Carrigfadda Hill and Warrenscourt Forest are two brilliant running spots in West Cork

Warrenscourt is great for a fast semi-trail run. Carrigfadda will test your lungs and is slippy as hell at the moment but the view from the top makes it totally worthwhile.

A few months back I was browsing the Coillte Outdoors site for forests in West Cork that looked good for running in. The two most promising ones I found were Warrenscourt Forest and Carrigfadda Hill.


I’ve done Warrenscourt Forest twice and I highly recommend it. You can access it from either the Warrenscourt end or Kilmurry end and both are very short drives off the N22 near Lissarda. Whilst it’s quite steep in places, it’s very runnable with some beautiful views along by the stream.

Warrenscourt 4

The only disappointment is that two nearby lakes are on private property. They would really add to the experience. It’s mostly dog walkers at the weekend but I’ve met a couple of runners too. The dog walkers appear to be illiterate, based on most of their dogs being off the leash, despite the large signs.

Warrenscourt 1

The Warrenscourt entrance is here on Google Maps. The Kilmurry one is here. And the direct link to the Coillte map PDF is here.

Warrenscourt 2

If you need somewhere to crank out the miles in loops away from traffic and with a slight “trail” feel to it, I highly recommend Warrenscourt.

Warrenscourt 3


Carrigfadda is a different kettle of fish entirely. It’s difficult to even Google it, as there is another one near Skibbereen. This one is near Reenascreena and is down some very small back roads.

Carrigfadda 1

Eventually you come across a lone church in the middle of nowhere. It’s best to park there.

Carrigfadda 2

You have to run a few yards up an open road and then head up a lane which becomes more and more unpaved. You follow that to an open area near a farmhouse and then the real fun begins.

Carrigfadda 3

The steps seem to go on forever. Even if you are just walking, it’s hard work.

Carrigfadda 4

Finally you get a breather in the forest itself (a featureless generic monoculture pine plantation) but the steepness starts soon again. Did I mention the mud? So much mud. Lovely mud.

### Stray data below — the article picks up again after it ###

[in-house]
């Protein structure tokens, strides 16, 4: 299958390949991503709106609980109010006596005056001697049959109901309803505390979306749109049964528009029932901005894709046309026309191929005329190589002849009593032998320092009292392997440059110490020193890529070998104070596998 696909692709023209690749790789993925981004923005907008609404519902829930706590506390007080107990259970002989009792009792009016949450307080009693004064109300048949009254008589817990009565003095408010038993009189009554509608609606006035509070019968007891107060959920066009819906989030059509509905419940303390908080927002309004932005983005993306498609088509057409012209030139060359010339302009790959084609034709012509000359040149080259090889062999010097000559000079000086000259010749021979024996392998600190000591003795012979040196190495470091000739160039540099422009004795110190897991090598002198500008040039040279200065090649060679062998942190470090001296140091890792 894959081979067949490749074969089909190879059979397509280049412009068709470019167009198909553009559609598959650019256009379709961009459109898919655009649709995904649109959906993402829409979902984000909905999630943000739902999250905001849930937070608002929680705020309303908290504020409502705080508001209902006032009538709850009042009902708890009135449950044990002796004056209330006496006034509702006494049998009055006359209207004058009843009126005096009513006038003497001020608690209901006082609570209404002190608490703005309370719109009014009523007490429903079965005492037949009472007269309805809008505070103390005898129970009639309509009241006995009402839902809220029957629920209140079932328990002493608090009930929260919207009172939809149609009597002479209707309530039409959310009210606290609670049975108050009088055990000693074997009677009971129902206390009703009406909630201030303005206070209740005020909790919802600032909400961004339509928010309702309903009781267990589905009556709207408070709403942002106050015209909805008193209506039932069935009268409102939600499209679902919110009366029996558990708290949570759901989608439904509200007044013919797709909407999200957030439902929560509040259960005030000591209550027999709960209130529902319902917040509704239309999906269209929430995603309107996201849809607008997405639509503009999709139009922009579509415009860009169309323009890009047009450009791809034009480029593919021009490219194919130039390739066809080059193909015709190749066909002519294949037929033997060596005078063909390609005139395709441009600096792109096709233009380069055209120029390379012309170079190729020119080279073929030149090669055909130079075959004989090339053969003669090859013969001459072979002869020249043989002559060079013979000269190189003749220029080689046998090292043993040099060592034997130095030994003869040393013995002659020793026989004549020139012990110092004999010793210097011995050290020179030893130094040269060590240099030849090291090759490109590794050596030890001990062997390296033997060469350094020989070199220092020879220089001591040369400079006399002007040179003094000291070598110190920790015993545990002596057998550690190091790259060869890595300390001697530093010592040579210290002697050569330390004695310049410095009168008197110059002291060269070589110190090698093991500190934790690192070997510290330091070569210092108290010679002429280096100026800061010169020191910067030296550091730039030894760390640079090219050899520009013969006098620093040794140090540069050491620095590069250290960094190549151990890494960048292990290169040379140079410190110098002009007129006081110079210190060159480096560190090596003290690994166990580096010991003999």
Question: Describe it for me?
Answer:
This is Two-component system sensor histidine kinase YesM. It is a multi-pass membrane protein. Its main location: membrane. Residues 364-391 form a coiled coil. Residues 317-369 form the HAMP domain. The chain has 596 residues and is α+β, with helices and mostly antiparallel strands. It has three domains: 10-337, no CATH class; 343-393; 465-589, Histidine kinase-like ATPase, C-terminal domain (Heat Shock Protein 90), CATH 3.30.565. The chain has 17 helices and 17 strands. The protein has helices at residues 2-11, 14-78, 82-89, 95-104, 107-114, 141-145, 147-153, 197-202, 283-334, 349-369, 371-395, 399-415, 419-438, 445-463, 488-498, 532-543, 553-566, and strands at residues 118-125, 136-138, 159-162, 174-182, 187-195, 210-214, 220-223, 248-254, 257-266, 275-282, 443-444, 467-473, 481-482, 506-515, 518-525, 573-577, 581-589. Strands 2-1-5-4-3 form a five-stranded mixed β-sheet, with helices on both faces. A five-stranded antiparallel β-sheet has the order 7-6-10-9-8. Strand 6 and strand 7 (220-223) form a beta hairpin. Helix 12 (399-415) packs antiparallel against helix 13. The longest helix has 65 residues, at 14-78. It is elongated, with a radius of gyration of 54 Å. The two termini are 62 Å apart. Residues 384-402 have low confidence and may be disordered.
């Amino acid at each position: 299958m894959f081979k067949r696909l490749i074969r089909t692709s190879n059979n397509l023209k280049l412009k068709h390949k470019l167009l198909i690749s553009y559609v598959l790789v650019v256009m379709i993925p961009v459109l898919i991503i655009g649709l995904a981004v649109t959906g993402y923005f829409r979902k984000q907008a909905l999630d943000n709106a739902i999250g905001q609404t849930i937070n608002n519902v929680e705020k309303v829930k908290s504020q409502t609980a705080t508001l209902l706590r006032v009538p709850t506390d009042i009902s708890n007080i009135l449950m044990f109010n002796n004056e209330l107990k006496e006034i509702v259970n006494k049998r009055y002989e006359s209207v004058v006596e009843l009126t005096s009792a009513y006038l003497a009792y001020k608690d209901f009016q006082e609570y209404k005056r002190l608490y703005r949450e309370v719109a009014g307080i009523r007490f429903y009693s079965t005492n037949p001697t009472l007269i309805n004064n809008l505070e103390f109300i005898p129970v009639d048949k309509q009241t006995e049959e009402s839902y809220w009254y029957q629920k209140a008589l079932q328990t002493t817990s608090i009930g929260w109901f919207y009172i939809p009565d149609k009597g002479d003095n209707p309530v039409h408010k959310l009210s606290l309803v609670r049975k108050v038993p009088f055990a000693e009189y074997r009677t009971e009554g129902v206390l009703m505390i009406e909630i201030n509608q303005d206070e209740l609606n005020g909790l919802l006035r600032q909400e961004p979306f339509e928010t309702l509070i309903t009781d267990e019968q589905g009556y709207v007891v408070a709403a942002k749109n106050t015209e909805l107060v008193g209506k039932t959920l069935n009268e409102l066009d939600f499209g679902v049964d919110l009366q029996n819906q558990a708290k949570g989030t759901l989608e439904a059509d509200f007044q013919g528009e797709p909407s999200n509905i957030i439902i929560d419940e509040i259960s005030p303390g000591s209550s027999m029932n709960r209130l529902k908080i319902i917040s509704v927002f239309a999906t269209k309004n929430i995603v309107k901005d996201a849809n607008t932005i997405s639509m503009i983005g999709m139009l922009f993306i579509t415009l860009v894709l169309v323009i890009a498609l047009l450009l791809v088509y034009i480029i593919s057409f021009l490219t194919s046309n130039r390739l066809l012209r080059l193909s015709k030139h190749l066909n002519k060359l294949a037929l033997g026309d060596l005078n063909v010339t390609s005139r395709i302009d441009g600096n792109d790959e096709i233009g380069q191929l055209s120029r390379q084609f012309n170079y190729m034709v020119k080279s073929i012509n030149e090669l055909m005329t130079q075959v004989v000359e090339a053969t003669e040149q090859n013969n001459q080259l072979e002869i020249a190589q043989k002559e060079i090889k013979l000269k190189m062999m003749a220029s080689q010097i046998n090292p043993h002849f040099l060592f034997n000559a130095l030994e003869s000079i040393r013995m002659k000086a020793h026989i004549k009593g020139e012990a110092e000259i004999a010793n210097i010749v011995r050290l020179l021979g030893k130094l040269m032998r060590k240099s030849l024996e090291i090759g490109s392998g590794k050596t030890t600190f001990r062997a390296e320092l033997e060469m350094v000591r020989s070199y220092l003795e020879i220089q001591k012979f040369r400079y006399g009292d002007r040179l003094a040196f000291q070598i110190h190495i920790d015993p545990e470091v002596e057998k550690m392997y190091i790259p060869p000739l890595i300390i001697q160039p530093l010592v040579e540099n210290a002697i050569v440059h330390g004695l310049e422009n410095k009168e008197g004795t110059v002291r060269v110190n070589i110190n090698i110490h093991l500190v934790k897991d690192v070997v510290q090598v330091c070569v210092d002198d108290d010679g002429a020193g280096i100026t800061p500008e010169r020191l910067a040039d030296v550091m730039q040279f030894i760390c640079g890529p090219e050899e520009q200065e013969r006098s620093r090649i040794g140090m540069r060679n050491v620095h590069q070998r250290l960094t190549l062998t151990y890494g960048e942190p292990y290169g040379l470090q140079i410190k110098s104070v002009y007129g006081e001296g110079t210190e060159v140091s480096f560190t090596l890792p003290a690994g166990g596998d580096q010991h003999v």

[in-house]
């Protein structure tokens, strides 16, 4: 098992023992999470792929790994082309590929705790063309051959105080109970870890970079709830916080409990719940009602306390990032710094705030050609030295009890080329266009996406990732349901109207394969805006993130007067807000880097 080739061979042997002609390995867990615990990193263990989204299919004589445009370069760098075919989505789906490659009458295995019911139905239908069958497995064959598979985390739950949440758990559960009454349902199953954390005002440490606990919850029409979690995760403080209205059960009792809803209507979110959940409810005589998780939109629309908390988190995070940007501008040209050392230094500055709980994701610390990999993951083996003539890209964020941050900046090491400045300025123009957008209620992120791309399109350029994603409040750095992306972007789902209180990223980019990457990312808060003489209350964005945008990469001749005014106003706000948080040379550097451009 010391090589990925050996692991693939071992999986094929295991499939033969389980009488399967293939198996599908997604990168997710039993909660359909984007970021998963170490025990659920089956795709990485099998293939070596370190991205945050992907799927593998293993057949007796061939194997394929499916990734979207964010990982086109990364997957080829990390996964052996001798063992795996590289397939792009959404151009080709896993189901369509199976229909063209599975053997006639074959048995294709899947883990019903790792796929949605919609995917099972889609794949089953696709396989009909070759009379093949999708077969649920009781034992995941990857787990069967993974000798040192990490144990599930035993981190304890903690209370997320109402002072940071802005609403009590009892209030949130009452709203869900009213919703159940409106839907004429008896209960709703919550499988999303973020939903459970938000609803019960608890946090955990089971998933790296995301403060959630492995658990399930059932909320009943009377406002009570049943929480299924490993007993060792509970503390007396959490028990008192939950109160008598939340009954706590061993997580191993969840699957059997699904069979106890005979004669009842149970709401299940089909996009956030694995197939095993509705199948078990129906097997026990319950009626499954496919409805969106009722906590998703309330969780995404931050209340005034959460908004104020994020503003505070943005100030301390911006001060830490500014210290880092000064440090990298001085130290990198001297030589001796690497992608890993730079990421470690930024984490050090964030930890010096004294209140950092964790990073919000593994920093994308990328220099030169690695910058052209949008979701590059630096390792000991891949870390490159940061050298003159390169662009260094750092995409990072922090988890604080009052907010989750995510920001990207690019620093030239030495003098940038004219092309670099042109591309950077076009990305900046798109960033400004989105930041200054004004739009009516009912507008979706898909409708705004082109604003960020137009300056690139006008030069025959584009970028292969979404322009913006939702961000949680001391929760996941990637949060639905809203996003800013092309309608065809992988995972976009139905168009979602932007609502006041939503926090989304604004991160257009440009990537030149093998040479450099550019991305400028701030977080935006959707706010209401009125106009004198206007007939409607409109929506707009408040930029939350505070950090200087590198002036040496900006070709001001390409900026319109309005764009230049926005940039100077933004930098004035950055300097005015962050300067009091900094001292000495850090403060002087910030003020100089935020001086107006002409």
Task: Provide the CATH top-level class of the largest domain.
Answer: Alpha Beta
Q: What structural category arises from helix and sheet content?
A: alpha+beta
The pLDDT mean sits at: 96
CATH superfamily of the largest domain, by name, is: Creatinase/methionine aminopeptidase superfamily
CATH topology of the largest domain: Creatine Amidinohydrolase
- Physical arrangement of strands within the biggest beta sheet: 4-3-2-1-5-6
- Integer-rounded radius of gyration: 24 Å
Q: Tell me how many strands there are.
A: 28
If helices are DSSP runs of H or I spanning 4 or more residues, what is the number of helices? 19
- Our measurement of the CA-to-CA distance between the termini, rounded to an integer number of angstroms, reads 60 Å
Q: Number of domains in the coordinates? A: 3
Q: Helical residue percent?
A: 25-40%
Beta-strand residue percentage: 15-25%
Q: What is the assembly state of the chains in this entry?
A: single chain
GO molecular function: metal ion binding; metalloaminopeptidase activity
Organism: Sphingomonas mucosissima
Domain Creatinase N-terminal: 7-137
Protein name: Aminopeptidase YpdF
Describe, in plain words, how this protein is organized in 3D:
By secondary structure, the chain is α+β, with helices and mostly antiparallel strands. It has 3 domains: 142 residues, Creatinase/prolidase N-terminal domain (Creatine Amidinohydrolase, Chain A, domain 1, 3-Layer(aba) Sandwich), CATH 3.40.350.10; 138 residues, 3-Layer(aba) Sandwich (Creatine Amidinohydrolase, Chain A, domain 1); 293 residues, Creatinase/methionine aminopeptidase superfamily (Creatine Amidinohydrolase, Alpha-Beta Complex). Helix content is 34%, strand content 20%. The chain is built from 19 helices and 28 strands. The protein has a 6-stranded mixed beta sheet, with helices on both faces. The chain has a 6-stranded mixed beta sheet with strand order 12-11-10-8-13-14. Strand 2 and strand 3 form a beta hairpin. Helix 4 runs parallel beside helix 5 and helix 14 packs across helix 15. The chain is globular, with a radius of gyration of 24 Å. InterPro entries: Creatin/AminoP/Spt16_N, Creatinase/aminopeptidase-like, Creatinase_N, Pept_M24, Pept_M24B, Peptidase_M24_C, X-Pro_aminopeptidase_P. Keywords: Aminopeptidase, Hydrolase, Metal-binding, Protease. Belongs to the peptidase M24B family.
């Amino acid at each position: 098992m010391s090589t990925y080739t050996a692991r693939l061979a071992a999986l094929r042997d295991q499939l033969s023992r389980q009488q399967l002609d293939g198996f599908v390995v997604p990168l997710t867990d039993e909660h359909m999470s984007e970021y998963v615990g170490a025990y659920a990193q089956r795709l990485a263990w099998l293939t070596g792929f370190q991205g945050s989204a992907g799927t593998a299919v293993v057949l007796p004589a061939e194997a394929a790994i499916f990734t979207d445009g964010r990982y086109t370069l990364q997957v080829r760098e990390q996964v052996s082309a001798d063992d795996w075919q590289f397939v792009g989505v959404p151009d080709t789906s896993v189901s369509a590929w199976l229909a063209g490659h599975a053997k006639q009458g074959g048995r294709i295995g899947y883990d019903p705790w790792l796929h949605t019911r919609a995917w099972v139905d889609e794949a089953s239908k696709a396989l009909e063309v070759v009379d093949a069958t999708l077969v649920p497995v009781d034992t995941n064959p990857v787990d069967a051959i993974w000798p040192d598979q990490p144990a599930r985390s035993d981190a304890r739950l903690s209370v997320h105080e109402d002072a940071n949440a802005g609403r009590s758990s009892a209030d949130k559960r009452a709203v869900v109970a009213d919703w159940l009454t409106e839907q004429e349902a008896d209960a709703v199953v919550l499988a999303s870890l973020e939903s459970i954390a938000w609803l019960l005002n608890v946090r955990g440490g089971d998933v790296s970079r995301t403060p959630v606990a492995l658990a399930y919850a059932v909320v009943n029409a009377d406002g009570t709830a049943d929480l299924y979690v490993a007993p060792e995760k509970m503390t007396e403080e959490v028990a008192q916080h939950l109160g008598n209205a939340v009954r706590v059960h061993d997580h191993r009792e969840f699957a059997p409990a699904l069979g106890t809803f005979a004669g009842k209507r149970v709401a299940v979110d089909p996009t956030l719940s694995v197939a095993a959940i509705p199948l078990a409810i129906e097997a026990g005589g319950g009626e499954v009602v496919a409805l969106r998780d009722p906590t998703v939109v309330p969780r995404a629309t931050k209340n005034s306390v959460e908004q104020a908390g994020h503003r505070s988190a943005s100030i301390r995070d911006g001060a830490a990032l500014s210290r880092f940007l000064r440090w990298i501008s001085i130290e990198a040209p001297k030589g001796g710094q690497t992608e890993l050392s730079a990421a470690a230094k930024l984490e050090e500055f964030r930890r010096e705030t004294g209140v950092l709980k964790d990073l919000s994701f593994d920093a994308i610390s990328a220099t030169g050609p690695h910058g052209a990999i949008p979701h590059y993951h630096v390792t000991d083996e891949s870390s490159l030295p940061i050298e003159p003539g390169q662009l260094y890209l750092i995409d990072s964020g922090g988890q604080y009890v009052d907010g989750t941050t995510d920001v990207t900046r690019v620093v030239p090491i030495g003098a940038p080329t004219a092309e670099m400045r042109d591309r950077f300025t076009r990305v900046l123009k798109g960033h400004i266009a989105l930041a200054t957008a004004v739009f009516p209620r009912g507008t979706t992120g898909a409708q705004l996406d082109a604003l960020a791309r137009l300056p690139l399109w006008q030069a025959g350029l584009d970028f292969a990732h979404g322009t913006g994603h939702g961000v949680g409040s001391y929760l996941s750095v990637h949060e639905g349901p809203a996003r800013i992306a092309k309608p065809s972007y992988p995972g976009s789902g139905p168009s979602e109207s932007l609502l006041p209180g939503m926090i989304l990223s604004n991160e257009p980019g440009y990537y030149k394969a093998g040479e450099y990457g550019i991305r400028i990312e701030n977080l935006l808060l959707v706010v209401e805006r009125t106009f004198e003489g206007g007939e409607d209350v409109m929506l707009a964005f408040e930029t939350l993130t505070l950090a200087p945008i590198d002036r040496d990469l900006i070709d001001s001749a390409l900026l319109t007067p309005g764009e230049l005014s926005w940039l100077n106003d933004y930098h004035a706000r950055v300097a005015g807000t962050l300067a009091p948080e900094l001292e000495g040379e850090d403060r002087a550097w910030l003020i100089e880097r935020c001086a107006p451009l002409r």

Carrigfadda 8

You’ll start to see a concrete holy cross peeking out and suddenly you’re nearly at the top.

Carrigfadda 9

You lift your head and pow, holy crap, the views. A genuine gasp out-loud moment. I spent ages here and at the cross taking photos and videos and panoramas. The fog and rain initially masked the fact that you can see the Altantic from here. The wind turbines seemed scarily close and are a complete eyesore. The sooner we move all this stuff offshore, the better for everyone.

Carrigfadda 10   Carrigfadda 11   Carrigfadda 12  

I then started the descent. Slightly further down is a mysterious monolith (ok ok, it turns out to be a trigonometric station).

Carrigfadda 5

Then I pegged it back down as far as the steps, slipping and sliding everywhere, and finally made it back to the car. Only 2.5 miles all-in but it felt like 10 with over 1000ft of elevation change.

I had another look at the map in the church car park and there are some other small spur routes I could have taken to extend the run. Next time.

I want to do lots more trail and mountain running in the next 12 months and I think I’ve found the perfect training ground!

Here’s a link to my Strava trace for my exact route. There’s also a lovely description of the Hill walk here.

Carrigfadda Church is here on Google Maps. And the direct link to the Coillte map PDF is here.

p.s. does anyone know what has happened to Duke’s Wood near Bandon on the way to Crookstown? It used to be a recreation area but it looks like they are cutting the whole thing down. The lack of any public forests near Bandon is a real let-down. However I must check out the tiny one beside Innishannon.

Conor O'Neill

Tech guy who likes running slowly

Bandon, Cork, Ireland